Travel maestro Theroux (The Great Railway Bazaar) conducts a rambling tour of the genre in this diverting meditation on passages from his own and other writers' works. Several chapters spotlight underappreciated travel writers from Samuel Johnson to Paul Bowles, while others explore themes both profound and whimsical. There are classic set-piece literary evocations, including Thoreau on the hush of the Maine woods and Henry James on the miserable pleasures of Venice. A section on storied but disappointing destinations fingers Tahiti as "a mildewed island of surly colonials"; travel epics—shipwrecks, Sahara crossings, Jon Krakauer's duel with Mount Everest—are celebrated; exotic meals are recalled (beetles, monkey eyes, and human flesh, anyone?); and some writers, like Emily Dickinson, just stay home and write about that. The weakest section is a compendium of aphoristic abstractions—"Travel is a vanishing act, a solitary trip down a pinched line of geography to oblivion"—while the strongest pieces descry a tangible place through a discerning eye and pungent sensibility: "I do not think I shall ever forget the sight of Etna at sunset," Evelyn Waugh rhapsodizes; "othing I have seen in Art or Nature was quite so revolting." Photos. (May 26) [Page ]. Copyright 2010 PWxyz LLC

Review by Publisher Summary 1

A literary handbook by the acclaimed author of Ghost Train to the Eastern Star celebrates a half-century of travel that intersperses excerpts from Theroux's works with selections that have inspired him as written by such authors as Vladimir Nabokov, Evelyn Waugh and Henry David Thoreau. 25,000 first printing.

Review by Publisher Summary 2

Presents excerpts of the author's own work interspersed with literary travel writings selected by the author that celebrate the virtues and the joy of travel.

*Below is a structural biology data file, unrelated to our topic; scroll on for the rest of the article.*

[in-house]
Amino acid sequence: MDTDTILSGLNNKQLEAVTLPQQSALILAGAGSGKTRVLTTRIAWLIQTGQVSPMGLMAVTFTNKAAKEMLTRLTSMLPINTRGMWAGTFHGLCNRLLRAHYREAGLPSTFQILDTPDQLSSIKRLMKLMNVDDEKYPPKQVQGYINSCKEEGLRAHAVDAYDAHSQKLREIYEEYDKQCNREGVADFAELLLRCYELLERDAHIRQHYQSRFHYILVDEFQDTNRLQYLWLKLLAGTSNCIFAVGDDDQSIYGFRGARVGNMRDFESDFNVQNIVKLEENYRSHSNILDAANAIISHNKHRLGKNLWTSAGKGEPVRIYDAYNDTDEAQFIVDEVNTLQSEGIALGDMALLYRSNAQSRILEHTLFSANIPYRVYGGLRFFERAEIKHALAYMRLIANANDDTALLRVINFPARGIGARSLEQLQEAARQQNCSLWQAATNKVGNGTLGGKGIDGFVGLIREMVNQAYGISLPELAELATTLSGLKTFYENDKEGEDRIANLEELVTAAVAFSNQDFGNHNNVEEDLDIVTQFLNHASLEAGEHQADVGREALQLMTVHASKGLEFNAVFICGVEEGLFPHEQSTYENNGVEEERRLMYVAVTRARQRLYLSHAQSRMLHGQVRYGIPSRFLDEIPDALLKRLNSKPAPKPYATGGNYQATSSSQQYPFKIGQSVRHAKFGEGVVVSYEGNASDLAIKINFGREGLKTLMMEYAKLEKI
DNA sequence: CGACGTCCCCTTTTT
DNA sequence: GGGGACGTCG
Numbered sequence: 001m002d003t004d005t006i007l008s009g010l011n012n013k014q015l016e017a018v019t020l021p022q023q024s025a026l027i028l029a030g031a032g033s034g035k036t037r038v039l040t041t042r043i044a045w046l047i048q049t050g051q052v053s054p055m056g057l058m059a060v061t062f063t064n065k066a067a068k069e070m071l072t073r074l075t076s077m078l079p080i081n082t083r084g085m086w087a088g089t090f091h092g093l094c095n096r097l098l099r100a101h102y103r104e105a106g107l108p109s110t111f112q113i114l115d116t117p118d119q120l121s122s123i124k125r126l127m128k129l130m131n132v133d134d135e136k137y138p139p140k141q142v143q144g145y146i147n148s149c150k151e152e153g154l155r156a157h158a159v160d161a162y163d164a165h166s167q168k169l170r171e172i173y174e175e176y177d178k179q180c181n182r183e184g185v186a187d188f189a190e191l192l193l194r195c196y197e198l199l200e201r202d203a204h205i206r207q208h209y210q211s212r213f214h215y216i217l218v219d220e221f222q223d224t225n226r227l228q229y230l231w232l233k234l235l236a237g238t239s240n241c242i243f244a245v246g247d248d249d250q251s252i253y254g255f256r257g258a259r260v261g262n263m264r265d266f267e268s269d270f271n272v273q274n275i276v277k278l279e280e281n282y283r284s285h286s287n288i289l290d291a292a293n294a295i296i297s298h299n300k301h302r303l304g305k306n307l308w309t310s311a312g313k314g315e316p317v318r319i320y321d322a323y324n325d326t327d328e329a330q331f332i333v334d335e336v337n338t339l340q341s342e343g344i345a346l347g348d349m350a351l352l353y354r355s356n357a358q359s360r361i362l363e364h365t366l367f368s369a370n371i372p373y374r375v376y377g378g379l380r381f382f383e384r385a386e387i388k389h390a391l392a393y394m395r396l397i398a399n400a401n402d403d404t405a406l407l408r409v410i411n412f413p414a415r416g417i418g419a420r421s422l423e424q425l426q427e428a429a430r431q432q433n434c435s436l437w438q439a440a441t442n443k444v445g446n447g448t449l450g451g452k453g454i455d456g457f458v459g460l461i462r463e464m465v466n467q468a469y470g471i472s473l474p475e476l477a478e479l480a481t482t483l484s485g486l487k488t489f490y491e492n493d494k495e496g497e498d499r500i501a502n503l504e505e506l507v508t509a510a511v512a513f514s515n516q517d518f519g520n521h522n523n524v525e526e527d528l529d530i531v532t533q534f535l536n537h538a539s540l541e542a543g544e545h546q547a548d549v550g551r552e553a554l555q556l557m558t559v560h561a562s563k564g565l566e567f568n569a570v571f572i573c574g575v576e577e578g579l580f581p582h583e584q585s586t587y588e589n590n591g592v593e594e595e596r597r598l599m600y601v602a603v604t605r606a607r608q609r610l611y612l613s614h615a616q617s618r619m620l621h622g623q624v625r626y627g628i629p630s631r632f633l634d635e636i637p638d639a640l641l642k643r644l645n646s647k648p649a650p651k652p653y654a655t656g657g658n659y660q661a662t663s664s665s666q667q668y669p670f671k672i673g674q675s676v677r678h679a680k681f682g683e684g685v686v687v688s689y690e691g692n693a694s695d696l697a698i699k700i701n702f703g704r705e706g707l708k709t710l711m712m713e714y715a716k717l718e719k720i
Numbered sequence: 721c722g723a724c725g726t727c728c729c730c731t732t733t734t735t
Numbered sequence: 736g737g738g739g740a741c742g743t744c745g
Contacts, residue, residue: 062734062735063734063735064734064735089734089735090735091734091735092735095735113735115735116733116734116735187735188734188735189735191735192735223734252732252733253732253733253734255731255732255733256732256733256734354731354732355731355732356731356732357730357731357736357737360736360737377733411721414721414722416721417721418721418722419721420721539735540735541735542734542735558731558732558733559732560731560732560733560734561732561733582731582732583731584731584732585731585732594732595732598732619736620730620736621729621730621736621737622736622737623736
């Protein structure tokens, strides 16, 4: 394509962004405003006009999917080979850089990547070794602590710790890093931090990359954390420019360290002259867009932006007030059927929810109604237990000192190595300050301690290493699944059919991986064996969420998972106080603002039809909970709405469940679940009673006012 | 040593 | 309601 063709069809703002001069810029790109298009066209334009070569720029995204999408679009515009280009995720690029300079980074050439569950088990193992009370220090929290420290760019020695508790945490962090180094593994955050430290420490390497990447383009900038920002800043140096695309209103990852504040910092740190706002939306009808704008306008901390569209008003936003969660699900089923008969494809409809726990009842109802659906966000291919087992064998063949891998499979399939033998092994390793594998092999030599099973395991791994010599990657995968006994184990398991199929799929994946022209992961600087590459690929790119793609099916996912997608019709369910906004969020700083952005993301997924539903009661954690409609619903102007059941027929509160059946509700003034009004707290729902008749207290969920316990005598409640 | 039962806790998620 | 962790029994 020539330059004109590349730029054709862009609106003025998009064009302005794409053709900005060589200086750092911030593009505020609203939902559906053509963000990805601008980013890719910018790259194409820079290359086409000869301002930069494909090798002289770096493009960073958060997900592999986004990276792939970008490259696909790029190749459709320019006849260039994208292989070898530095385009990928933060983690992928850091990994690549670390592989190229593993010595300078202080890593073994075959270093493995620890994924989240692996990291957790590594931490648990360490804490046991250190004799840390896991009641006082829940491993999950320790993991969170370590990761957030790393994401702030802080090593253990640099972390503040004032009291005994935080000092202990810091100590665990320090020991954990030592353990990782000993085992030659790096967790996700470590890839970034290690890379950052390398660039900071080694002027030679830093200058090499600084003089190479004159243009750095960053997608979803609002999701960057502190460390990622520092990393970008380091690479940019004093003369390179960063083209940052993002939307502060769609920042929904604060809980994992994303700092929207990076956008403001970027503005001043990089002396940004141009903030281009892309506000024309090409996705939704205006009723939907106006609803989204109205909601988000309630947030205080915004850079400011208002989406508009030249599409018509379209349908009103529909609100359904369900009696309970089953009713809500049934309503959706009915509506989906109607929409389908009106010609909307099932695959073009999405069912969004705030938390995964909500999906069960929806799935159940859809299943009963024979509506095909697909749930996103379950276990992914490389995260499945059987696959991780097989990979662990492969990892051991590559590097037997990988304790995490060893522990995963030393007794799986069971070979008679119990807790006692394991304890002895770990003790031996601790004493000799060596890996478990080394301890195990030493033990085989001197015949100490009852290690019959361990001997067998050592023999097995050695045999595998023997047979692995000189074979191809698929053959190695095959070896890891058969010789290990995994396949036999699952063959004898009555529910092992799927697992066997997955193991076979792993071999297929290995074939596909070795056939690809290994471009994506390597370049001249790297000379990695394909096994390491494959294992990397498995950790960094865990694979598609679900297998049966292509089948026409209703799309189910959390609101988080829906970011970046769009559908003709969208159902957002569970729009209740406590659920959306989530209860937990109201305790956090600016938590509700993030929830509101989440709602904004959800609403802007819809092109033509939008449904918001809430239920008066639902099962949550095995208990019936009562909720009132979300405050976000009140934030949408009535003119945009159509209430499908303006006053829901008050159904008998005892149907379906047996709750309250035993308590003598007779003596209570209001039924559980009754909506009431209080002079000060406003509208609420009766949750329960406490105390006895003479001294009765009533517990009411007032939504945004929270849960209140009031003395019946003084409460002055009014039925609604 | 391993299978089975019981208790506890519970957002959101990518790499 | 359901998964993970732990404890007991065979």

Review by Publisher Summary 3

A collection of writings from Paul Theroux's fifty years of travel. Included are writings from other travelers such as Charles Dickens, Eudora Welty, Anton Chekhov, Ernest Hemingway and many others.

Review by Publisher Summary 4

This attractive imitation leather bound volume presents collected excerpts from the works of famed travel writer and novelist Paul Theroux (The Great Railway Bazaar, Mosquito Coast). Taken from over forty years of travel experience, the texts offer a window into the author's philosophy of travel as well as his thoughts on the historical journeys of a variety of other authors. The brief entries are pleasant for browsing as well as reading straight through. The volume includes twenty-seven separate vignettes indexed by both people and places. Annotation ©2011 Book News, Inc., Portland, OR (

Review by Publisher Summary 5

Paul Theroux celebrates fifty years of wandering the globe by collecting the best writing on travel from the books that shaped him, as a reader and a traveler. Part philosophical guide, part miscellany, part reminiscence, The Tao of Travel enumerates “The Contents of Some Travelers’ Bags” and exposes “Writers Who Wrote about Places They Never Visited”; tracks extreme journeys in “Travel as an Ordeal” and highlights some of “Travelers’ Favorite Places.” Excerpts from the best of Theroux’s own work are interspersed with selections from travelers both familiar and unexpected: Vladimir Nabokov           J.R.R. Tolkien Samuel Johnson               Eudora WeltyEvelyn Waugh                  Isak Dinesen Charles Dickens               James Baldwin Henry David Thoreau       Pico Iyer Mark Twain                     Anton Chekhov Bruce Chatwin                  John McPheeFreya Stark                      Peter Matthiessen Graham Greene                Ernest Hemingway The Tao of Travel is a unique tribute to the pleasures and pains of travel in its golden age.

Review by Publisher Summary 6

A philosophical guidebook and collection of insights celebrating the joy of travel, chosen by eminent travel writer Paul Theroux